Jack Driscoll: Place Forms Character
Driscoll’s compassion and sense of humor extend into the real world, where they have benefited legions of students at the Interlochen Center for the Arts and the MFA program at Pacific University. I was lucky enough to be one of those students, and recently I had the chance to talk to Jack about his work, his life as a writer and teacher, and what it means to tell stories of those small rural communities at the 38th Parallel. An excerpt from our conversation is included below.
“I’ve lived now for thirty-seven years up here in the northern provinces, long enough to have witnessed a literal transformation of the place itself. When I first arrived in 1975 there were, as I remember, no full stoplights, and so at best we had to slow down a bit for those blinking yellows, and the spaces between them mostly farmland and uninhabited coastline. Somewhat barren but not as if ‘creation had stopped halfway through the third day,’ to pilfer from Whitney Groves. Because of the region’s great beauty, and the town’s gentrification, our status as a destination—via the New York Times and elsewhere—has coordinated an entirely new look. Coffee shops on every corner, and upscale restaurants, film and literary festivals, organic co-ops and farmers markets, and the population during the summer months increasing tenfold. To varying degrees, cultural collision does occur, though those inherent hostilities are not so directly confronted in my stories. The focus for me is always something else, by which I mean that tension created by what a place/community offers and what it can’t possibly provide.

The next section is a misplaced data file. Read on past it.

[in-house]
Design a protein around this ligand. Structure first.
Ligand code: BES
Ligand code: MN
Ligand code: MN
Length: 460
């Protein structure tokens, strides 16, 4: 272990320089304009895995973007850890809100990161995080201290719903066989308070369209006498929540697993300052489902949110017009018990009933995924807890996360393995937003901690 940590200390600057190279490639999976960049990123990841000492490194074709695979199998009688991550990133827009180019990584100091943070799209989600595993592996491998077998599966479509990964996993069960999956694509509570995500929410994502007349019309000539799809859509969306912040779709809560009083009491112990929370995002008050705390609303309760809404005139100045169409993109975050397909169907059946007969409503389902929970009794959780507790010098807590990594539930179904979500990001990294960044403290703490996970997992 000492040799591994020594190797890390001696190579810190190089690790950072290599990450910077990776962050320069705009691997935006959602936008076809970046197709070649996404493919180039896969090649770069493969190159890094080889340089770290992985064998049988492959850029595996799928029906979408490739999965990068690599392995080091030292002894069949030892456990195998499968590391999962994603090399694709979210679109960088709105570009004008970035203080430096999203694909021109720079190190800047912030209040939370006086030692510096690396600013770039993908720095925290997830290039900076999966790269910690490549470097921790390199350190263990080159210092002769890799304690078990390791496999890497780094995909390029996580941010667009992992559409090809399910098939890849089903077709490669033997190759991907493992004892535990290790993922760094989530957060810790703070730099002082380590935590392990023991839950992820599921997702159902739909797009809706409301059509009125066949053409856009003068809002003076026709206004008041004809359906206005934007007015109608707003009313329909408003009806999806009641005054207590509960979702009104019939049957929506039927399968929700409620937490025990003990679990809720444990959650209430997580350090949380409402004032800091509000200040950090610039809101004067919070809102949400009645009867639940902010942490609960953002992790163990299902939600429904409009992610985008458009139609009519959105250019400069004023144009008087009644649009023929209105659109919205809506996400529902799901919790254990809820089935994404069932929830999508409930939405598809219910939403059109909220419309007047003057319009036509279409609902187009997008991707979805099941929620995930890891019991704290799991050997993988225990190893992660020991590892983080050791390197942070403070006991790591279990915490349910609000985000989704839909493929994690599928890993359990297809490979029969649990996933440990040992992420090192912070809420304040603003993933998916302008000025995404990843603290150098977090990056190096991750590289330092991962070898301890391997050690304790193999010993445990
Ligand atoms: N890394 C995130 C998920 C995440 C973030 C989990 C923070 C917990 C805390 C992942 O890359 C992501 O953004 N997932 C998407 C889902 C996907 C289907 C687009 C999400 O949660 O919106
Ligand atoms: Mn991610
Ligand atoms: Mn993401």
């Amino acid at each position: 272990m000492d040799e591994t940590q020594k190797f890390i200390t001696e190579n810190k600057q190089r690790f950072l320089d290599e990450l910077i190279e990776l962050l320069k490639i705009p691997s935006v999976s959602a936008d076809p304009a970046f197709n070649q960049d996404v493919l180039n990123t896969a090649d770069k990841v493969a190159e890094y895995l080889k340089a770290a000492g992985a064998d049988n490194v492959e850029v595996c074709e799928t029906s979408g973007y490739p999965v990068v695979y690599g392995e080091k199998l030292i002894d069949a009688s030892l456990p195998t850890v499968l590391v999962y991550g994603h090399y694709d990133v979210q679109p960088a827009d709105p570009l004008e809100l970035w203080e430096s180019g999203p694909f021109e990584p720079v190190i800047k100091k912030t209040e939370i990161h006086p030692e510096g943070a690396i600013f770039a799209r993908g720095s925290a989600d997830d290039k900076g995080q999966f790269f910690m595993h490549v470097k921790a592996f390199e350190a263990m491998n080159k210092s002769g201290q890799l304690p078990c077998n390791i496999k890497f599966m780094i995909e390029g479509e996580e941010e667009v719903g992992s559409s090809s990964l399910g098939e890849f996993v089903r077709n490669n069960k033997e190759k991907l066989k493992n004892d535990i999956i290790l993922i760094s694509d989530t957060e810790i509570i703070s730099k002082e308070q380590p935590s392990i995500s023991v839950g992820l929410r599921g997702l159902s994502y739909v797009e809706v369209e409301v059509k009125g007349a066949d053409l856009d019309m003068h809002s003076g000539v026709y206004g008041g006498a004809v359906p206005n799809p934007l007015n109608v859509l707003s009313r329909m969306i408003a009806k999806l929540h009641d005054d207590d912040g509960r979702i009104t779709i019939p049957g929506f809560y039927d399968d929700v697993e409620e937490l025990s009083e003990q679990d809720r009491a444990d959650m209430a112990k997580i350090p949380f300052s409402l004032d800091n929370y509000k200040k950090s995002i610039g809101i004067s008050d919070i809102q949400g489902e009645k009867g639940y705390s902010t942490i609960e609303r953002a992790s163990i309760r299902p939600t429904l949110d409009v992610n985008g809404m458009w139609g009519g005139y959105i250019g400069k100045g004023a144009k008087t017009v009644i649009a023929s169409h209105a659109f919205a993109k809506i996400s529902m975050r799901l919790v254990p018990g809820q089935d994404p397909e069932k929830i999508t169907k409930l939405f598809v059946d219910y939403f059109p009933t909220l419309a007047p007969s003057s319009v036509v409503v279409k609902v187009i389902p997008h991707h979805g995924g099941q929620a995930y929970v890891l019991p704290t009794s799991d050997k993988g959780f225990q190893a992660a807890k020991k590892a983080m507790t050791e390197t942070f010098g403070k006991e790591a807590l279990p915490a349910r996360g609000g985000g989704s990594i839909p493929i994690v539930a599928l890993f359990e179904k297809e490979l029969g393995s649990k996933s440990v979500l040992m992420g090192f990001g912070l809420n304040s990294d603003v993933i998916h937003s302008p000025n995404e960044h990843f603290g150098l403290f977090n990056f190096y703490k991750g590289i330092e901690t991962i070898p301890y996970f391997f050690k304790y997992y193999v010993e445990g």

“Here’s our standing joke: we have three seasons in northern Michigan—July, August, and winter, and in 2010 we endured an official 209 inches of snow. Place forms character. Or, as Ortega y Gasset says, ‘Tell me the place in which you live and I will tell you who you are.’ Up north this protracted winter season overlays and outlines a terrain as gorgeous as it is terrifying, empty, cut-off, unforgiving. I’ve come to love such extremes, and how these conditions conspire to define behavior. As the teenage narrator in ‘That Story’ says, ‘I’m eye-level with the snowdrifts that the wind has sculpted, the temperature single-digit at best, and it’s beyond me why I say what I say, but I do, inviting trouble of a magnitude that we don’t need and yet sometimes covet.’ Eliminate this frozen landscape and the story ceases to exist. It’s the nature, I suppose, of a writer’s sensibility with a particular place, where the characters’ inwardness is informed by all that surrounds them in the actual physical world in which they operate. Nothing comes more naturally—and less self-consciously—to me than setting my stories here, where I’ve now lived for thirty-seven years. Not to mention the wildness of such a terrain, which I’ve always, from the time I was a little kid, craved, the woods and the waterways. And why writers such as John Muir and Henry David Thoreau have been so important to me.”
This feature will continue in a second part, with a selection from “That Story” by Jack Driscoll.